There’s not a moment to breathe on the new album by the Weeknd, “Dawn FM” — no spaces for resolution and calm, no indications of a world outside of its borders. An uninterrupted set of iridescent megapop anthems blended like a D.J. mix, it is, as with so many things that he has made in the last decade, an all-or-nothing proposition.
Since the Weeknd, born Abel Tesfaye, first arrived in 2011 with a trio of dank, sleazy mixtapes that radically reconstructed R&B, he has steadfastly, maybe even stubbornly, committed to thinking of his albums as discrete eras with evolving ideologies. And as he’s become one of the biggest pop stars on the planet, this has required both tremendous skill and a not insignificant amount of faith — in an era of microtargeting and niches that explode into ubiquity, he is choosing a far less assured top-down path.
He has succeeded by remaining, even at peak saturation, enigmatic. Tesfaye, 31, is interested in world-building, and he remains obscure — at this point, evolving past strategic anonymity to into full-scale character work — hiding behind hits.
“Dawn FM,” his fifth major-label album, is sleek and vigorous and also, again, a light reimagining of what big-tent music might sound like now, in an era when most global stars have abandoned the concept. “Dawn FM” extends and reimagines Tesfaye’s fixation on perfect pop that he’s been pursuing since he first teamed with the hitmaker Max Martin in the mid-2010s — seven years later, he’s still chasing a deeply polished orb at the end of an infinite galaxy.
What’s striking is the path he’s chosen to get there — yes, Martin is here, as are Oscar Holter and Swedish House Mafia. But Tesfaye’s true consigliere is Daniel Lopatin (a.k.a Oneohtrix Point Never), who began his career as a channeler of interstellar rumble but evolved into a soundtracker for space disco. Together, they make work that is mesmeric, both for its quality and its seamlessness. Tesfaye pulls Lopatin closer to blunt rhythm while allowing himself to get absorbed in the producer’s endless shimmers.
On “Dawn FM,” they land squarely in the window between 1982 and 1984, when New York’s emergent hip-hop production was coalescing into the electro that was streaking its way into pop. This is breakdancing music, touching on everything from Afrika Bambaataa’s seminal “Planet Rock” to Man Parrish and Mantronix to the first Force M.D.s album to the tuneful Los Angeles proto-rap of Egyptian Lover and World Class Wreckin’ Cru to Maurice Starr and Arthur Baker’s early work with New Edition.
What Tesfaye and Lopatin build on that foundation is ambitious. “Don’t Break My Heart” is soaringly sad, framing romantic desperation as an unescapable sonic maze. “Gasoline” dips into Depeche Mode-style hauteur for a classic Weeknd story about alluring degeneracy: “It’s 5 a.m. I’m high again/And you can see that I’m in pain/I’ve fallen into emptiness.”
“How Do I Make You Love Me?” is a super-sweet version of the Michael Jackson-esque pop Tesfaye has been reaching for, as is the majestic “Take My Breath.” These songs, which appear back to back early on the album, are the best arguments for Tesfaye’s vision, and crucially, both are songs where Martin is there as an amplifying force.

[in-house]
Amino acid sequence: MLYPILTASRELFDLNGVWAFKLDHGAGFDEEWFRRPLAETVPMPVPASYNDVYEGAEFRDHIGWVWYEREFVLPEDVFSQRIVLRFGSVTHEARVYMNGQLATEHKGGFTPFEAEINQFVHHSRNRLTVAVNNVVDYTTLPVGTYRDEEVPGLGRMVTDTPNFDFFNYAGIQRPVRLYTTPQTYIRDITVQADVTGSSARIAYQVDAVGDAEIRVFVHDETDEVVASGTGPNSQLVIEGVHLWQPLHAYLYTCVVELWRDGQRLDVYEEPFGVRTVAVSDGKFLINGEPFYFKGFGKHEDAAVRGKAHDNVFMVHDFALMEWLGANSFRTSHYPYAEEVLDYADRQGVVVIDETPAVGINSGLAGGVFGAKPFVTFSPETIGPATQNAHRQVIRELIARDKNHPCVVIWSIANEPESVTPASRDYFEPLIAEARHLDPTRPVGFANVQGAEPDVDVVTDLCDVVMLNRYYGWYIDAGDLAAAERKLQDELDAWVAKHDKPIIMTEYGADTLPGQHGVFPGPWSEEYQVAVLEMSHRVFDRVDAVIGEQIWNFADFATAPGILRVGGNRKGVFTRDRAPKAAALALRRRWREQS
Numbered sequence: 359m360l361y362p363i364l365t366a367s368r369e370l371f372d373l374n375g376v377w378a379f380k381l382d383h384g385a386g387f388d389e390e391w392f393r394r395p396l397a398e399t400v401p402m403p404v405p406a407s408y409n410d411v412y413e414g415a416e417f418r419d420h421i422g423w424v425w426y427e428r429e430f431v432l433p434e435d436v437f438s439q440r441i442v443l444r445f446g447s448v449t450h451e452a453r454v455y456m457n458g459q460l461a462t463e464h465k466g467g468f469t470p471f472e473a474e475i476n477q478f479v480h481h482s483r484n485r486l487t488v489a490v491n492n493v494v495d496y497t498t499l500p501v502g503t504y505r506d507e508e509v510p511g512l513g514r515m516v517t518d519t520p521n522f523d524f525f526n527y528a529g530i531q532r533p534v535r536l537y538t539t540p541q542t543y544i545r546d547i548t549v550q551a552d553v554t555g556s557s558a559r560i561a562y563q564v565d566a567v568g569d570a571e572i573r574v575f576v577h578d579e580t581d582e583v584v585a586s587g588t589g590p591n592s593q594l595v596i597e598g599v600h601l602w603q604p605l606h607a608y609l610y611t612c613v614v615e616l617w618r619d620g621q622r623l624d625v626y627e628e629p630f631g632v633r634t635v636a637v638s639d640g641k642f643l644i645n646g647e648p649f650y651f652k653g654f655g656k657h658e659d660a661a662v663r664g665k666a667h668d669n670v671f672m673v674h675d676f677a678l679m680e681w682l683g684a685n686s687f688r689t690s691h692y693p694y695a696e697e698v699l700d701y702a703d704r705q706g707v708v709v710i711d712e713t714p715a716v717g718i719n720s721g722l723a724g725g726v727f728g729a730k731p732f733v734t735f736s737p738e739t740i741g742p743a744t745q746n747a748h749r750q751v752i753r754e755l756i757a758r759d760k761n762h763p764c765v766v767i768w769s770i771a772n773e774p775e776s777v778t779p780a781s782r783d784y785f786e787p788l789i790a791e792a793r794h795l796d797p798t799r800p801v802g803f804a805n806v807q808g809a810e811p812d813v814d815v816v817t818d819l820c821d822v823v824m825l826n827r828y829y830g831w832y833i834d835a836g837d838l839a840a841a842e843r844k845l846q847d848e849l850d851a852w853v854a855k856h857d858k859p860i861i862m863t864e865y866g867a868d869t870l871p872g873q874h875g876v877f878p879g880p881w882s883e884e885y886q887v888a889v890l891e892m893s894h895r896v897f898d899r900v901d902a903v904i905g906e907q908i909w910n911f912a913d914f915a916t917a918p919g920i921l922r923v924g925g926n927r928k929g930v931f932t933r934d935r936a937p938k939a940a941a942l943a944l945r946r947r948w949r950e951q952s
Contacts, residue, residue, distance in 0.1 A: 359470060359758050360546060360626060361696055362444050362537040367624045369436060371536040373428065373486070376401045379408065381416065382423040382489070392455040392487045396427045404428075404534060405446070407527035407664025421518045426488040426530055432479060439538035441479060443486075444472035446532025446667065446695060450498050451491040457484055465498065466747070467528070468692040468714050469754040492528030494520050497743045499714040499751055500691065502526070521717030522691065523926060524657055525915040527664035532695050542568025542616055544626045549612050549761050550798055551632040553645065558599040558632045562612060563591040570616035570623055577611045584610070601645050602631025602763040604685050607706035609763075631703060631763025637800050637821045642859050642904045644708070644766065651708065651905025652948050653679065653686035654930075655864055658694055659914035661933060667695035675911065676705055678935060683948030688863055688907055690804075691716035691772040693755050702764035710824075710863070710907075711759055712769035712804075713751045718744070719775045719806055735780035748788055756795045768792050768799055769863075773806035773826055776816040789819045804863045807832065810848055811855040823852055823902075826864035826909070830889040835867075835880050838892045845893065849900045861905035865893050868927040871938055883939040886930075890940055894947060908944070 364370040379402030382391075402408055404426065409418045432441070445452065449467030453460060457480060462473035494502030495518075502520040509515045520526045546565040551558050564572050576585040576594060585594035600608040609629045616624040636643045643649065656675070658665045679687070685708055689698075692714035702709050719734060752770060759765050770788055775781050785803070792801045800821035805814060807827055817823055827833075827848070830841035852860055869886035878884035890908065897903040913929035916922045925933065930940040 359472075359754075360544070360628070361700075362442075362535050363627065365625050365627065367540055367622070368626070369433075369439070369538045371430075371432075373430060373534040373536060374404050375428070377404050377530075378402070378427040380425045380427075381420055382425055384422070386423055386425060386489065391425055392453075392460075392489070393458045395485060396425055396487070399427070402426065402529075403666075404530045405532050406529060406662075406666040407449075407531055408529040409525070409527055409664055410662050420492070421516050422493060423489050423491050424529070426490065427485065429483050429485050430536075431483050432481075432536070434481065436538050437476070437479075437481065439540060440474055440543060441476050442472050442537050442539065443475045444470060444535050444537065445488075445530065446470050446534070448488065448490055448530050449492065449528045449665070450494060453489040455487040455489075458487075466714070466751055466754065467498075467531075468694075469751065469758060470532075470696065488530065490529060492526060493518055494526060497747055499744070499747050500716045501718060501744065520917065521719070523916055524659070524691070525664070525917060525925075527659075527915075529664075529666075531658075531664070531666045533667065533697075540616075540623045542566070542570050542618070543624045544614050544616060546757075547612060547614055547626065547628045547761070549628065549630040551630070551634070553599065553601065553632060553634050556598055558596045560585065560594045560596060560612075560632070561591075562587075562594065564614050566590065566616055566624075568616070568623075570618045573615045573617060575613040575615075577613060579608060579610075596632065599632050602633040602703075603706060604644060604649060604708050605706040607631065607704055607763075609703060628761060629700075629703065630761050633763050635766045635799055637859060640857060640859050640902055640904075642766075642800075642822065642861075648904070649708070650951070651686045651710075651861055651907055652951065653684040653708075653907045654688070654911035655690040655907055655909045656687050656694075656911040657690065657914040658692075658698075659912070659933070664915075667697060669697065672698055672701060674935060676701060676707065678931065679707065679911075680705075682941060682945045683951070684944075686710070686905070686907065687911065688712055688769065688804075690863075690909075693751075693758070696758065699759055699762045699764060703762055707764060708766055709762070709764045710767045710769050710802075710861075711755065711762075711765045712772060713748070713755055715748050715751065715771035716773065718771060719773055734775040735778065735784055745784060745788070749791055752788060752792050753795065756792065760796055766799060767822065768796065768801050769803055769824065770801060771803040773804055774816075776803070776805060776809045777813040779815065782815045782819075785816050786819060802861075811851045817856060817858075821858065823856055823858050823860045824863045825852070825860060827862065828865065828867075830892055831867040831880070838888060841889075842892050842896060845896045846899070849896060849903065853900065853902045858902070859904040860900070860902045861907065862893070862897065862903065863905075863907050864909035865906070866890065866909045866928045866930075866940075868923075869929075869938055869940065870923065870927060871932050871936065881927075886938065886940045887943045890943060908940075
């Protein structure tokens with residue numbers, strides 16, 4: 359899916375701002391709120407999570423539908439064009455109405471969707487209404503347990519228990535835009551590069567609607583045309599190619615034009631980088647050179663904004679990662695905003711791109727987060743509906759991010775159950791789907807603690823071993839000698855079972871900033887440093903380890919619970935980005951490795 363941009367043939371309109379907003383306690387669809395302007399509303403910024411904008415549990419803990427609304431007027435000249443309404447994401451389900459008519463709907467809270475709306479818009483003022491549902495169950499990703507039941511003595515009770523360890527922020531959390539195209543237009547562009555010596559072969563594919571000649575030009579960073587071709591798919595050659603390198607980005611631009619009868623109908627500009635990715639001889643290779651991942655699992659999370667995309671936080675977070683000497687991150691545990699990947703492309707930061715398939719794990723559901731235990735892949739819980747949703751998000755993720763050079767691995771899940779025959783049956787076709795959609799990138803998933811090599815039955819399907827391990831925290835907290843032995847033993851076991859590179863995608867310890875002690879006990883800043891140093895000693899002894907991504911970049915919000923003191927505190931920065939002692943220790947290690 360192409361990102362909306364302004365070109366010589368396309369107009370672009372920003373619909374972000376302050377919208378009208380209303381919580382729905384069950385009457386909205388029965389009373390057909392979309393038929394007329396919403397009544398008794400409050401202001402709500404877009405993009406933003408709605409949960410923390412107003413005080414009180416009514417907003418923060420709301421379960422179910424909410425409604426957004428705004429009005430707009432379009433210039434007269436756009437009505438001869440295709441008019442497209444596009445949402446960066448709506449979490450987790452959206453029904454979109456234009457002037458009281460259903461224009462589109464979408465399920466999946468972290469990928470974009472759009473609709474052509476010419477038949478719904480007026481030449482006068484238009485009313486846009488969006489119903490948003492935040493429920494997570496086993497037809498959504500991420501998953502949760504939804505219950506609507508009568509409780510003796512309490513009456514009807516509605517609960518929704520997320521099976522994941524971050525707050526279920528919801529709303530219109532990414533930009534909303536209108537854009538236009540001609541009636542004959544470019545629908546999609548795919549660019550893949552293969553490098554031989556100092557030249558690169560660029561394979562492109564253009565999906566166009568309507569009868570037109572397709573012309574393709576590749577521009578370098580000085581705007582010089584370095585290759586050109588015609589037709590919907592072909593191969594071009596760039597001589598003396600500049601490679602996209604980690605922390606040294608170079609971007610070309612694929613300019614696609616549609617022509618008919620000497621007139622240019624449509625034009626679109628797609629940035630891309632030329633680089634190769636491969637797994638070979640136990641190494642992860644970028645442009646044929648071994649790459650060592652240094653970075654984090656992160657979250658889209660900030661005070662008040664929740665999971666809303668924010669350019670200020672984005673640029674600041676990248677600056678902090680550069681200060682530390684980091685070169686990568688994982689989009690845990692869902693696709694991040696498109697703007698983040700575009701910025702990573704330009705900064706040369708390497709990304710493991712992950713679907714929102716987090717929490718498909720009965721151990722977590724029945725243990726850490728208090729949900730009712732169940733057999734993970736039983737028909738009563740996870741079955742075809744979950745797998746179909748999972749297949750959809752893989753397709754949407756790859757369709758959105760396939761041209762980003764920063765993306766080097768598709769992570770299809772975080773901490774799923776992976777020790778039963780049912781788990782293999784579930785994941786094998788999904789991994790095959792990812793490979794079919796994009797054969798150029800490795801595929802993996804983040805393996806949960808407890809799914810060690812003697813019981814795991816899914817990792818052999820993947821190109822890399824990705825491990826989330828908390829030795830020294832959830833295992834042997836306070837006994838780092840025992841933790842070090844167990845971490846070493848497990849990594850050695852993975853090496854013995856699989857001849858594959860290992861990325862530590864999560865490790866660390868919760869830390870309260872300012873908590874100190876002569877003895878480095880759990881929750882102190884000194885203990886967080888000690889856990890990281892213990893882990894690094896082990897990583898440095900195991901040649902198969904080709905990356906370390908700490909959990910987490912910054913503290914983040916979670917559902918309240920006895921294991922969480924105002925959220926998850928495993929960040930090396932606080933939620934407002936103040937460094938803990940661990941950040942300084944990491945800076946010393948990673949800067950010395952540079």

On “Dawn FM,” Tesfaye occasionally edges up against simu-funk, like on “Sacrifice,” which samples Alicia Myers’s dance-liberation thumper “I Want to Thank You.” And “Here We Go … Again,” which has the faintest mist of “How Deep Is Your Love” by the Bee Gees, is the album’s weakest and least characteristic moment, a lyrical jolt into the deeply specific present for a performer who is trying to make music that exists outside of time.
There’s a reason no one is currently trying to emulate what Tesfaye is achieving — it requires the meticulousness of an engineer, the ego of a superstar and the scars of the deeply wounded. Done wrong, it can come off as icy and algorithmic.
The album is threaded with interstitials from a fictional radio station, mainly voiced by Jim Carrey — amusing but not particularly meaningful. What does hit harder is “A Tale by Quincy,” in which the influential producer and mogul Quincy Jones relates a story about learning to grow up rough. Jones is an obvious antecedent for Tesfaye, who aspires to be an orchestrator as much as a singer and songwriter. (There are echoes of Jones’s 1981 album “The Dude” here as well.)
If anything has changed for Tesfaye, it’s his relationship to dysfunction. Though there are moments — like “Sacrifice” (“The ice inside my veins will never bleed”) and “Gasoline” — that recall the louche desperation of his early albums, he’s more often the victim.
“I Heard You’re Married” — which features a crisp, dexterous guest verse from Lil Wayne (“If I ain’t your husband I can’t be your hybrid”) — is about what happens when your old weapons are turned against you: “Your number in my phone I’m gon’ delete it/Girl, I’m way too grown for that deceiving.” “Is There Someone Else?” is a remarkably chill song about being a reformed cad. And he boasts about a movie-star girlfriend on “Here We Go … Again.”
Perhaps the shift is an acknowledgment of the regrets that come with age and experience. Perhaps it’s because the bad guy can only be the hero for so long. Or maybe it’s just a phase. The last full song on the album is “Less Than Zero,” a nod to Bret Easton Ellis debauchery but also a slightly stripped-down song about inner sadness. It’s the only moment on this mirror ball of an album that feels truly vulnerable, and dares to peek inside: “I try to hide it, but I know you know me.”